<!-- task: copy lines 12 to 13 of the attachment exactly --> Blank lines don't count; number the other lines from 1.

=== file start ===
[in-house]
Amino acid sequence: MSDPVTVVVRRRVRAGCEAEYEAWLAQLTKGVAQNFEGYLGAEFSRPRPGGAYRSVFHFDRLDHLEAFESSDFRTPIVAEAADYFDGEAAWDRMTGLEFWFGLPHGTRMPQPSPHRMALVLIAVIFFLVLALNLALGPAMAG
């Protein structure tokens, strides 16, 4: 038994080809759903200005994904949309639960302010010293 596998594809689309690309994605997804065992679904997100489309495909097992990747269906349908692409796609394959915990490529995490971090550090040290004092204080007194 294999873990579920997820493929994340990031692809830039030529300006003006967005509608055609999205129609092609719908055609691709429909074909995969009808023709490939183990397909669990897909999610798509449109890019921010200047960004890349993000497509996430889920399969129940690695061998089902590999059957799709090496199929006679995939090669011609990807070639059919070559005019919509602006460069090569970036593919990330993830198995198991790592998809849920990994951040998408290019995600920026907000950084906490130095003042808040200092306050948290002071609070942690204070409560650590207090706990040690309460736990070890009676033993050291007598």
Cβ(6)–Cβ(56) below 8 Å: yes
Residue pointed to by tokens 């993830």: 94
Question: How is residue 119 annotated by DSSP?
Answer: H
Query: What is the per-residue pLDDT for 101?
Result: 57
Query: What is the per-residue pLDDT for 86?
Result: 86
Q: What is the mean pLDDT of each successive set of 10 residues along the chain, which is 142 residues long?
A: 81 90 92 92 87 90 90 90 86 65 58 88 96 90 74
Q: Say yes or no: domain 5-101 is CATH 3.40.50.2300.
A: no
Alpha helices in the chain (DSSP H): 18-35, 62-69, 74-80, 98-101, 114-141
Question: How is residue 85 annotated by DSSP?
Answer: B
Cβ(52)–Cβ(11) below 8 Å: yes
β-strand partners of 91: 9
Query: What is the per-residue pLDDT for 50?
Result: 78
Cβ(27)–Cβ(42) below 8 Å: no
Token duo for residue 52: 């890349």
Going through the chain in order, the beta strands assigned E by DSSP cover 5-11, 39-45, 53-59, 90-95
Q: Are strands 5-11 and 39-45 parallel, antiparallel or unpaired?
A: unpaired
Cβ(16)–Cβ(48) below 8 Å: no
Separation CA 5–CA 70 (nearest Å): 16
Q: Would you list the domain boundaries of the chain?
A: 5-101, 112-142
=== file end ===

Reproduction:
Q: What is the mean pLDDT of each successive set of 10 residues along the chain, which is 142 residues long?
A: 81 90 92 92 87 90 90 90 86 65 58 88 96 90 74